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e-CFR data is current as of February 25, 2021

Title 28Chapter IPart 0 → Subpart E


Title 28: Judicial Administration
PART 0—ORGANIZATION OF THE DEPARTMENT OF JUSTICE


Subpart E-4—Office of the Inspector General


Contents
§0.29   Organization.
§0.29a   General functions.
§0.29b   Reporting allegations of waste, fraud, or abuse.
§0.29c   Reporting allegations of employee misconduct.
§0.29d   Whistleblower protection for FBI employees.
§0.29e   Relationship to other departmental units.
§0.29f   Confidentiality.
§0.29g   Reprisals.
§0.29h   Specific authorities of the Inspector General.
§0.29i   Audit, inspection, and review authority.
§0.29j   Law enforcement authority.

Source: Order No. 2167-98, 63 FR 36847, July 8, 1998, unless otherwise noted.

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§0.29   Organization.

(a) The Office of the Inspector General consists of an immediate office, which is composed of the Inspector General, the Deputy Inspector General, and the Office of the General Counsel, and five major divisions, each headed by an Assistant Inspector General. The five OIG divisions are: Audit; Investigations; Evaluation and Inspections; Oversight and Review; and Management and Planning.

(b) The OIG is headquartered in Washington, DC. Investigations Field Offices and Audit Regional Offices are located in Washington, DC and throughout the United States. For a listing of specific office locations, see the OIG Internet Website at http://www.usdoj.gov/oig.

[Order No. 2167-98, 63 FR 36847, July 8, 1998, as amended by Order No. 2835-2006, 71 FR 54413, Sept. 15, 2006]

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§0.29a   General functions.

(a) The OIG is a statutorily created independent entity within the Department of Justice subject to the general supervision of the Attorney General that conducts and supervises audits, inspections, and investigations relating to the programs and operations of the Department; recommends policies to promote economy, efficiency, and effectiveness and to prevent and detect fraud and abuse in Departmental programs and operations; and keeps the Attorney General and Congress informed about the problems and deficiencies relating to the administration of the Department and the necessity for and progress of corrective action.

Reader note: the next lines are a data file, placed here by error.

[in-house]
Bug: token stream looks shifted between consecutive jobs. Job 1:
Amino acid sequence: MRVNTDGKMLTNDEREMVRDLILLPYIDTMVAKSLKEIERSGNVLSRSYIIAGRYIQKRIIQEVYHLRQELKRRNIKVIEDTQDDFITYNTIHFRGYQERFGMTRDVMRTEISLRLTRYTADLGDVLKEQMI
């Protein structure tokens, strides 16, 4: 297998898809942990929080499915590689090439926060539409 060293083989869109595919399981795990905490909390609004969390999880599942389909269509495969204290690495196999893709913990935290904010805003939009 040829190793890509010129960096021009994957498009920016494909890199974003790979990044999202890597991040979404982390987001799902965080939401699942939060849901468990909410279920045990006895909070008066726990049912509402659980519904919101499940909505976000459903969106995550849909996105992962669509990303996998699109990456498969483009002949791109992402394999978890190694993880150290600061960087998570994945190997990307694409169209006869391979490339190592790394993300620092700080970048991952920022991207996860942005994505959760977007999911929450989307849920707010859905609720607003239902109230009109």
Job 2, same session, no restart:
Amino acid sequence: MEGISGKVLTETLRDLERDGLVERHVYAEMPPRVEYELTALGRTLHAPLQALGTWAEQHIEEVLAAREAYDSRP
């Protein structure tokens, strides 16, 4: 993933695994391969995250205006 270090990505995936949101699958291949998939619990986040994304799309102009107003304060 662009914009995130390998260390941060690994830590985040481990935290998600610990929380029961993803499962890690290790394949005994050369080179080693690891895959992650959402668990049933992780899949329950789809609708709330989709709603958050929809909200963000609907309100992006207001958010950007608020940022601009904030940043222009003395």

(b) In order to carry out its responsibilities the OIG:

(1) Audits and inspects Department programs and operations as well as non-Department entities contracting with or receiving benefits from the Department;

(2) Investigates allegations of criminal wrongdoing and administrative misconduct on the part of Department employees, as provided in §0.29c of this subpart;

(3) Investigates allegations that individuals and entities outside of the Department have engaged in activity that adversely affects the Department's programs and operations;

(4) Undertakes sensitive investigations of Department operations and/or personnel, often at the request of senior Department officials or Congress.

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§0.29b   Reporting allegations of waste, fraud, or abuse.

Employees shall report evidence and non-frivolous allegations of waste, fraud, or abuse relating to the programs and operations of the Department to the OIG or to a supervisor for referral to the OIG.

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§0.29c   Reporting allegations of employee misconduct.

(a) Reporting to the OIG. Evidence and non-frivolous allegations of criminal wrongdoing or serious administrative misconduct by Department employees shall be reported to the OIG, or to a supervisor or a Department component's internal affairs office for referral to the OIG, except as provided in paragraph (b) of this section.

(b) Reporting to the Department's Office of Professional Responsibility (DOJ-OPR). Employees shall report to DOJ-OPR evidence and non-frivolous allegations of serious misconduct by Department attorneys that relate to the exercise of their authority to investigate, litigate, or provide legal advice. Employees shall also report to DOJ-OPR evidence and non-frivolous allegations of serious misconduct by Department law enforcement personnel that are related to allegations of misconduct by a Department attorney that relate to the exercise of the attorney's authority to investigate, litigate, or provide legal advice.

(c) Reporting to the Drug Enforcement Administration Office of Professional Responsibility (DEA-OPR). Evidence and non-frivolous allegations of serious misconduct by employees of the Drug Enforcement Administration (DEA) shall be reported by the OIG to the Drug Enforcement Administration Office of Professional Responsibility (DEA-OPR) or to the Deputy Attorney General.